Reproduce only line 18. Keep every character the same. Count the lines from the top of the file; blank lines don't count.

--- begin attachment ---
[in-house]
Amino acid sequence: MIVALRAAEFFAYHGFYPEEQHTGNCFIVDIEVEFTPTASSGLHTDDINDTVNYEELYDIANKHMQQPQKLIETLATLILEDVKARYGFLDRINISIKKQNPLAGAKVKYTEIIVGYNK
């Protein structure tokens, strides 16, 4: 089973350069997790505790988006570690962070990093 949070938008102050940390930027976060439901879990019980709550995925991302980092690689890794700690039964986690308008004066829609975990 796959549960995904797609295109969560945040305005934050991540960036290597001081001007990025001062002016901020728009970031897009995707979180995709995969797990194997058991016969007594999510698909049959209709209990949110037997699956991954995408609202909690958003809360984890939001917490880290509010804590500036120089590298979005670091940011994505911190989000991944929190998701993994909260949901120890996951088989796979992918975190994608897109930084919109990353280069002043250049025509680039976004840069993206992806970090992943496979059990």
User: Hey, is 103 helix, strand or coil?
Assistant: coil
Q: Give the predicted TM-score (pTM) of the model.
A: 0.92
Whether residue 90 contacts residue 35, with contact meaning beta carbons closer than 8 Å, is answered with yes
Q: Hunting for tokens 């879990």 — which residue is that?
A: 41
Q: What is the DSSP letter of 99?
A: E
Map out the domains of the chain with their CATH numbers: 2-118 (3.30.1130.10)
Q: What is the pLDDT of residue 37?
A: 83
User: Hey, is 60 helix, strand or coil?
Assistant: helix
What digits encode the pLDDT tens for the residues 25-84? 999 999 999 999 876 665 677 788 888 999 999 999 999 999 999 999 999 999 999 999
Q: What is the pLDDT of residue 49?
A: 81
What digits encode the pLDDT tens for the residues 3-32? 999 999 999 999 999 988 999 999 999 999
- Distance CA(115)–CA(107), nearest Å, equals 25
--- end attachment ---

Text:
What digits encode the pLDDT tens for the residues 25-84? 999 999 999 999 876 665 677 788 888 999 999 999 999 999 999 999 999 999 999 999